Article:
No. An LLC, also known as a limited liability company, is not the same thing as a corporation.
Getting the LLC vs Corporation Terminology Right
By the way, you sometimes see people write “limited liability corporation” or hear people use the phrase, “llc incorporation.” Both of those terms are usually erroneous because an LLC isn’t a corporation. And a corporation isn’t an LLC. The two things closely resemble each other–a bit like the way that an alligator resembles a crocodile. But they aren’t the same thing.
Incorporation vs. LLC Formation
Specifically, an LLC differs from a corporation in a couple of key ways. First, the process for creating an LLC differs from the process for creating a corporation. Granted, the process doesn’t differ much. But the difference still exists. (To most small business owners, the differences would probably seem like a “six of one, half of a dozen of the other” thing.)
Differences in Governance: Corporation versus Limited Liability Company
A second difference between an LLC and a corporation is that the rules for operating (and governing) an LLC and a corporation differ. As a generalization, LLCs are easier to operate. With an LLC, either the LLC owners (who are called members) run the entity, or a manager or group of managers run the entity. In either case, the members or managers follow the operating rules provided by the operating agreement.
In comparison, with a corporation, operations are more formal and, as a result, more complicated. Typically, with a corporation, the corporation’s owners (called either shareholders or stockholders) elect a governing board of directors. This board then elects officers (including typically a president, a treasurer, a secretary, and sometimes vice presidents) to run the corporation on a daily basis. On a regular basis, with a corporation, the board of directors meets to make sure things are operating smoothly. Every once in a while (usually annually), shareholders meet to elect a new board of directors. To make sure that all this stuff happens the way it should, the shareholders, board and officers follow corporate bylaws.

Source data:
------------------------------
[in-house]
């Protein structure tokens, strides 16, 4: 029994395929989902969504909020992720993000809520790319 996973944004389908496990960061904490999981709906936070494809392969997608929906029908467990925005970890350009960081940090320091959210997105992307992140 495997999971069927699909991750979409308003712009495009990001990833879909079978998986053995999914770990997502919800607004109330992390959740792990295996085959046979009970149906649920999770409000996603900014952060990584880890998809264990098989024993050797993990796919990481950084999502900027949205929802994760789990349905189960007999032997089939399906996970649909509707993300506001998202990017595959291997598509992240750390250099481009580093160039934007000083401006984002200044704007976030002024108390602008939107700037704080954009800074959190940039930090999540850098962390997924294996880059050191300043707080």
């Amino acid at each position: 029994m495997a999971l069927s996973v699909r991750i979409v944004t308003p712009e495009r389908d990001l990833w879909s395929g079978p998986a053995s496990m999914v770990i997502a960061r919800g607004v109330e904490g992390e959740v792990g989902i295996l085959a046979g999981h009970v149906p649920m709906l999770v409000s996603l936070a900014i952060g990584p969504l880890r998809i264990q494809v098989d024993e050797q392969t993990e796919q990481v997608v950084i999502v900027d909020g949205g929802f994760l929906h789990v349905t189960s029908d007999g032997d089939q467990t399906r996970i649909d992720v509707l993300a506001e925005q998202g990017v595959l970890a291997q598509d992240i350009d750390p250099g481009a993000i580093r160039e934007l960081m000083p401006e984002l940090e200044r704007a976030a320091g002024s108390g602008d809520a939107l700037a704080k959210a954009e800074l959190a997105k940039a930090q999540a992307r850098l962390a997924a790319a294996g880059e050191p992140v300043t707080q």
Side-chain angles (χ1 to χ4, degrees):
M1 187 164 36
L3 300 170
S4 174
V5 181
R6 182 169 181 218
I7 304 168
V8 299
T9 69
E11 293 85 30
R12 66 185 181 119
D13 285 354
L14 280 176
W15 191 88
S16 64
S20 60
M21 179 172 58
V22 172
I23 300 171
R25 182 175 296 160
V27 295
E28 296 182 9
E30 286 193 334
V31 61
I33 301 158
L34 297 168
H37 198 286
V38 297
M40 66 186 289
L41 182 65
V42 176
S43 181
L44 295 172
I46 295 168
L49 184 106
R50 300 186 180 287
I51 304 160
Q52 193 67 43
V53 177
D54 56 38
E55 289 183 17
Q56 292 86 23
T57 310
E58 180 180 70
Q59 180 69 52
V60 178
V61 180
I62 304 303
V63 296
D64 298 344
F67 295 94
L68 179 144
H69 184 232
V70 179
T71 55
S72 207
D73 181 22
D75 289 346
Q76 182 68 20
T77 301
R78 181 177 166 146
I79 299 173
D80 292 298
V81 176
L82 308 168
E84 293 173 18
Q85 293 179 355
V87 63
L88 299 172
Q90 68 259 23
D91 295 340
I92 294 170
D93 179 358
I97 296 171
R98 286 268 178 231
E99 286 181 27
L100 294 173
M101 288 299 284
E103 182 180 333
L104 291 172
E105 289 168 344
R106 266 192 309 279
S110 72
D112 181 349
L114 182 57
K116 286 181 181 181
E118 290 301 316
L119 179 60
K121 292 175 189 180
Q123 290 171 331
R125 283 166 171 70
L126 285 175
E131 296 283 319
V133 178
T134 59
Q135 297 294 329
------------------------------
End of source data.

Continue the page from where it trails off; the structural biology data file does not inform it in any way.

Let me say that corporations are the “older” entity. In other words, the laws that created the corporate form are old (decades and decades old in most states), and even centuries old in some countries. The laws that created the LLC form are, well, teenaged. LLCs, a pretty new legal technology, have been around for only about two decades.
LLCs Provide Extra Tax Flexibility
One other quick comment about distinguishing between LLCs and corporations: If you start trying to compare and contrast these two entities, you need to understand that the differences are mostly to do with state laws–and not to do with tax laws. And here’s where this gets tricky: An LLC can for tax purposes be pretty much anything it wants to be.
In other words, an LLC for tax accounting purposes can be treated as a sole proprietorship, a partnership, a regular corporation or even an S corporation. (This flexibility, by the way, is often the reason that accountants and attorneys love the limited liability company.)
A small business corporation, in comparison, is either treated for tax purposes as a regular corporation, also known as a C corporation, or as an S corporation.